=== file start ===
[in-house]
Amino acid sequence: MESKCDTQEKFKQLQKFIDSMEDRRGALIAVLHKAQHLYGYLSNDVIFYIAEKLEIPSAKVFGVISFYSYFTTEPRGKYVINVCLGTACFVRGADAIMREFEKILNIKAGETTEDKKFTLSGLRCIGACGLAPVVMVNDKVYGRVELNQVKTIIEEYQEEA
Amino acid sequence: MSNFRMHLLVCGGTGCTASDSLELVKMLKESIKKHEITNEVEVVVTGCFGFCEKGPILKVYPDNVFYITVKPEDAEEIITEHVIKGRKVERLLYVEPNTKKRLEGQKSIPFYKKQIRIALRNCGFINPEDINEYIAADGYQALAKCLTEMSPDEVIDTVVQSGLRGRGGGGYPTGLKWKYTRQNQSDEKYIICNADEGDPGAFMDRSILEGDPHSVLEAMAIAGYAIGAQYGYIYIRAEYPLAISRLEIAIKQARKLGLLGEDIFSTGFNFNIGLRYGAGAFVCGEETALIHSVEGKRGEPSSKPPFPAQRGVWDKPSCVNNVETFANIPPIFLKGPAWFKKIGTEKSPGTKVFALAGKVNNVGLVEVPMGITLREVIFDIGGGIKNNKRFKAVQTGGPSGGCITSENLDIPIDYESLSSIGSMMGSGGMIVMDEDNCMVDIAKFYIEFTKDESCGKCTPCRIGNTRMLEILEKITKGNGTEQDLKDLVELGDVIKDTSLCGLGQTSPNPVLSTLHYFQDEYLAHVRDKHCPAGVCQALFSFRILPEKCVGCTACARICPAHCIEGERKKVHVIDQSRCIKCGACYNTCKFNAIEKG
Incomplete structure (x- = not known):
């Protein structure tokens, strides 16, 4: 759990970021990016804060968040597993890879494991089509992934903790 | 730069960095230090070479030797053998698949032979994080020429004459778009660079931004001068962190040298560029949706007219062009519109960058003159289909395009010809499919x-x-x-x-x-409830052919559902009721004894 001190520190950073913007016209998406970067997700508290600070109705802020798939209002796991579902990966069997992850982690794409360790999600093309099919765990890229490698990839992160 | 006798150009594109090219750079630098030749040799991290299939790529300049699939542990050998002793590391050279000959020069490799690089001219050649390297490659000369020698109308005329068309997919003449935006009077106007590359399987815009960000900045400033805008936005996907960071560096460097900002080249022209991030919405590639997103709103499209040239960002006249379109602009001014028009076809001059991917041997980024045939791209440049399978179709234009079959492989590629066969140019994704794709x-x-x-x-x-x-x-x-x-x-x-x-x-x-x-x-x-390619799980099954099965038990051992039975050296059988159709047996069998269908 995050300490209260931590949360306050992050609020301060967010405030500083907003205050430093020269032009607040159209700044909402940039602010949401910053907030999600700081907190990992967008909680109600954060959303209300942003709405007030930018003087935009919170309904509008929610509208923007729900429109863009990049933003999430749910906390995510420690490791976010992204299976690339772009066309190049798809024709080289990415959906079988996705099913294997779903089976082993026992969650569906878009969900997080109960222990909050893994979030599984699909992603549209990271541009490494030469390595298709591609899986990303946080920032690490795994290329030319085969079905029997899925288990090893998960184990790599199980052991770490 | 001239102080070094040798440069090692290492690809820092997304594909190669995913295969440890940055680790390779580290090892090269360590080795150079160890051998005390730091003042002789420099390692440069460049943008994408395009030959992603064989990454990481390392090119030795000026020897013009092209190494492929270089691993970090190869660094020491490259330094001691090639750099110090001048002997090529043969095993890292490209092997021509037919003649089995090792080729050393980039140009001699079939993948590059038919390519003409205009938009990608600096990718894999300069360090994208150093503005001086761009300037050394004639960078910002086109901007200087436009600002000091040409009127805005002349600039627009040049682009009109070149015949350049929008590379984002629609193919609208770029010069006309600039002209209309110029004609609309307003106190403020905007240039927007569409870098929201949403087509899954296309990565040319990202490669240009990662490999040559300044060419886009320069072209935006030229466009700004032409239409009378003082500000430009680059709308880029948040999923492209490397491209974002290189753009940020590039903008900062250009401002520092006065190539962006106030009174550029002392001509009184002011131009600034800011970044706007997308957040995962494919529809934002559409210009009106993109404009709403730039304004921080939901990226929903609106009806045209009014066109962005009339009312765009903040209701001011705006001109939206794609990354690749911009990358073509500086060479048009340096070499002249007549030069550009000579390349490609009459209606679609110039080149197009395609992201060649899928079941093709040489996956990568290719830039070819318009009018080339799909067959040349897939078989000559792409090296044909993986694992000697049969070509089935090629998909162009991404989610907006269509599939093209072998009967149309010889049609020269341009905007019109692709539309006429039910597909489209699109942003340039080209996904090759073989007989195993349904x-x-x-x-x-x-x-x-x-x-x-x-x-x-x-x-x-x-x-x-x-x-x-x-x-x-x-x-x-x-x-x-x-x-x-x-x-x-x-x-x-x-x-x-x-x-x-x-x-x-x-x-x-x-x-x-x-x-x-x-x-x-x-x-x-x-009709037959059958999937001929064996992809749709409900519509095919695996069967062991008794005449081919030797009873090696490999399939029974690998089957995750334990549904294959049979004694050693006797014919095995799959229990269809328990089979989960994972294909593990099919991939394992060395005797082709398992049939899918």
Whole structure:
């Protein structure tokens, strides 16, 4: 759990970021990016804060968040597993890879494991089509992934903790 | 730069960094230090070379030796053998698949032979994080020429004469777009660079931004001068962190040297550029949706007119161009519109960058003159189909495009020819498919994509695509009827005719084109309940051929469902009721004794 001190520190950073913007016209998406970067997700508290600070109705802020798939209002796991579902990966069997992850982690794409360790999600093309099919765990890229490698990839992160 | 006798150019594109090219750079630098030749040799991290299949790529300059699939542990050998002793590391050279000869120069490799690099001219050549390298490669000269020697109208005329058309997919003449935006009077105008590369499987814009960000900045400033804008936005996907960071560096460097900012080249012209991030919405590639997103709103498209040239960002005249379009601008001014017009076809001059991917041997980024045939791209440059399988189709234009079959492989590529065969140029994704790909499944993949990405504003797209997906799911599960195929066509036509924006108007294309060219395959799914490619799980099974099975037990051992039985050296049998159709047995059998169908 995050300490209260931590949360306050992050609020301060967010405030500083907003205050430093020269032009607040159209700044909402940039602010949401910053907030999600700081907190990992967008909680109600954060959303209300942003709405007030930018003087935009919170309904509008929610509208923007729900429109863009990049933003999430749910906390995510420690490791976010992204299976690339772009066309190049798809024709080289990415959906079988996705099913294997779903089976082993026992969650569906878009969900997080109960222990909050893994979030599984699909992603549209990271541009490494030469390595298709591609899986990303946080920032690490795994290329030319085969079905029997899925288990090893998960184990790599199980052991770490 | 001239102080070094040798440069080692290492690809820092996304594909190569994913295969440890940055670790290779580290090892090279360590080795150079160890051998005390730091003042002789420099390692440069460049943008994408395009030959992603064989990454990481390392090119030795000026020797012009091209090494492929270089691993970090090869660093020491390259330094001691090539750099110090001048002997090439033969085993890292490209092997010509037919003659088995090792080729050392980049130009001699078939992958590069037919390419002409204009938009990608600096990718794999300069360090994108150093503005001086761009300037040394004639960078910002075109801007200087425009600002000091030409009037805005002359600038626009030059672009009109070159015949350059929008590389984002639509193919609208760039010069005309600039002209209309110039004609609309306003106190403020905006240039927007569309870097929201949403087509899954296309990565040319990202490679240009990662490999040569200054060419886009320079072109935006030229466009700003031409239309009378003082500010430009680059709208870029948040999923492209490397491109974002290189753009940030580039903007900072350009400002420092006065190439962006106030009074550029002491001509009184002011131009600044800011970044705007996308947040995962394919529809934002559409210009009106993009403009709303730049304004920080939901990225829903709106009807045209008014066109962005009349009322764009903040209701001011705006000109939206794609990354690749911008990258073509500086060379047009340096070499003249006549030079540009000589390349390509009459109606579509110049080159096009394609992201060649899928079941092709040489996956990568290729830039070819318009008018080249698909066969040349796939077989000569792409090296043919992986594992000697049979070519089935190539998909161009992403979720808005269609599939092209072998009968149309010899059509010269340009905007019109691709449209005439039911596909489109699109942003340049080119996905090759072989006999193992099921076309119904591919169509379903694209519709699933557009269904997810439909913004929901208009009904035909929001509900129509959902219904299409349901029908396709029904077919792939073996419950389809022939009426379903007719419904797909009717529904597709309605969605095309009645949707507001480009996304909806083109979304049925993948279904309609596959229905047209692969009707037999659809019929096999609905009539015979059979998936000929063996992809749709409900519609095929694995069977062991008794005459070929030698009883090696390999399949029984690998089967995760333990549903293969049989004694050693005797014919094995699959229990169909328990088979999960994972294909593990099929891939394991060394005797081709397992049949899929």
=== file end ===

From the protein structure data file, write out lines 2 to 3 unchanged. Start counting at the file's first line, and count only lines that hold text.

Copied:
Amino acid sequence: MESKCDTQEKFKQLQKFIDSMEDRRGALIAVLHKAQHLYGYLSNDVIFYIAEKLEIPSAKVFGVISFYSYFTTEPRGKYVINVCLGTACFVRGADAIMREFEKILNIKAGETTEDKKFTLSGLRCIGACGLAPVVMVNDKVYGRVELNQVKTIIEEYQEEA
Amino acid sequence: MSNFRMHLLVCGGTGCTASDSLELVKMLKESIKKHEITNEVEVVVTGCFGFCEKGPILKVYPDNVFYITVKPEDAEEIITEHVIKGRKVERLLYVEPNTKKRLEGQKSIPFYKKQIRIALRNCGFINPEDINEYIAADGYQALAKCLTEMSPDEVIDTVVQSGLRGRGGGGYPTGLKWKYTRQNQSDEKYIICNADEGDPGAFMDRSILEGDPHSVLEAMAIAGYAIGAQYGYIYIRAEYPLAISRLEIAIKQARKLGLLGEDIFSTGFNFNIGLRYGAGAFVCGEETALIHSVEGKRGEPSSKPPFPAQRGVWDKPSCVNNVETFANIPPIFLKGPAWFKKIGTEKSPGTKVFALAGKVNNVGLVEVPMGITLREVIFDIGGGIKNNKRFKAVQTGGPSGGCITSENLDIPIDYESLSSIGSMMGSGGMIVMDEDNCMVDIAKFYIEFTKDESCGKCTPCRIGNTRMLEILEKITKGNGTEQDLKDLVELGDVIKDTSLCGLGQTSPNPVLSTLHYFQDEYLAHVRDKHCPAGVCQALFSFRILPEKCVGCTACARICPAHCIEGERKKVHVIDQSRCIKCGACYNTCKFNAIEKG